What the Prophet here briefly relates ought to be carefully weighed by us. It is easily passed over, when we read in a few words that Jonah was swallowed up by a fish, and that he was there three days and three nights: but though Jonah neither amplified or illustrated in a rhetorical manner what is overlooked by us, nor adopted any display of words, but spoke of the event as though it were an ordinary thing, we yet see what the event itself really was: Jonah was cast into the sea. He had been previously not only a worshipper of the true God, but also a Prophet, and had no doubt faithfully discharged his office; for God would not have resolved to send him to Nineveh, had he not conferred on him suitable gifts; and he knew him to be qualified for undertaking a burden so great and so important. As Jonah then had faithfully endeavored to serve God, and to devote himself to him through the whole of his past life, now that he is cast into the sea as one unworthy of the common light, that he is cut off from the society of men, and that he seems unworthy of undergoing a common or an ordinary punishment, but is exiled, as it were, from the world, so as to be deprived of light and air, as parricides, to whom formerly, as it is well-known, this punishment was allotted — as then Jonah saw that he was thus dealt with, what must have been the state of his mind?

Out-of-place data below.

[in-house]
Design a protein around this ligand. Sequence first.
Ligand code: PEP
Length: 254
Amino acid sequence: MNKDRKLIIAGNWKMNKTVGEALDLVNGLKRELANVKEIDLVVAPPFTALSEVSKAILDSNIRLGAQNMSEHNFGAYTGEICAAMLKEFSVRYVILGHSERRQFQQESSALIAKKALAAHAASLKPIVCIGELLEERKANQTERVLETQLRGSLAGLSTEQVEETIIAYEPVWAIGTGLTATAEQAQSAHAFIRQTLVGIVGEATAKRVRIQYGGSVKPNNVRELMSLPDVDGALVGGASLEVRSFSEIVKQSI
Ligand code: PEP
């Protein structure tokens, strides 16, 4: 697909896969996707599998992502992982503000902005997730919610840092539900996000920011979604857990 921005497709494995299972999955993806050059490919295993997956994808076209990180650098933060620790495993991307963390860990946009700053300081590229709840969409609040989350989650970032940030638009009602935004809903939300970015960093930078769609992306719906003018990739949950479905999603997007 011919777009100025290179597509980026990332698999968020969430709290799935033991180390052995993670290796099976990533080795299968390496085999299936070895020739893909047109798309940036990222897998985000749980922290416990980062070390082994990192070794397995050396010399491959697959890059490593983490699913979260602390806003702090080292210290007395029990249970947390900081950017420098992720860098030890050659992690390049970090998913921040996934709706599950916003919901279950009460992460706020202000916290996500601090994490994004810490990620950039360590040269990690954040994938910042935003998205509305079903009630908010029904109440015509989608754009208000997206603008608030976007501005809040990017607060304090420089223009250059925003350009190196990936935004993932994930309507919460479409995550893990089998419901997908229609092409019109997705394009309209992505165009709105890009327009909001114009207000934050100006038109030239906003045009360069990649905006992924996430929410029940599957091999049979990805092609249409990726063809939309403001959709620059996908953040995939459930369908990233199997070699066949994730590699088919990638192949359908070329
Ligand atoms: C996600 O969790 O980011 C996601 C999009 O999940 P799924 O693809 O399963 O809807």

Now that he tells us that he was three whole days in the inside of the fish, it is certain that the Lord had so awakened him that he must have endured continual uneasiness. He was asleep before he was swallowed by the fish; but the Lord drew him, as it were, by force to his tribunal, and he must have suffered a continual execution. He must have every moment entertained such thoughts as these, “Why does he now thus deal with thee? God does not indeed slay thee at once, but intends to expose thee to innumerable deaths.” We see what Job says, that when he died he would be at rest and free from all evils, (Job 14:6.) Jonah no doubt continually boiled with grief, because he knew that God was opposed to and displeased with him: he doubtless said to himself, “Thou hast to do, not with men, but with God himself, who now pursues thee, because thou hast become a fugitive from his presence.” As Jonah then must have necessarily thus thought within himself of God’s wrath, his case must have been harder than hundred deaths, as it had been with Job and with many others, who made it their chief petition that they might die. Now as he was not slain but languished in continual torments, it is certain that no one of us can comprehend, much less convey in words what must have come into the mind of Jonah during these three days. But I cannot now discuss what remains; I must therefore defer it to the next lecture.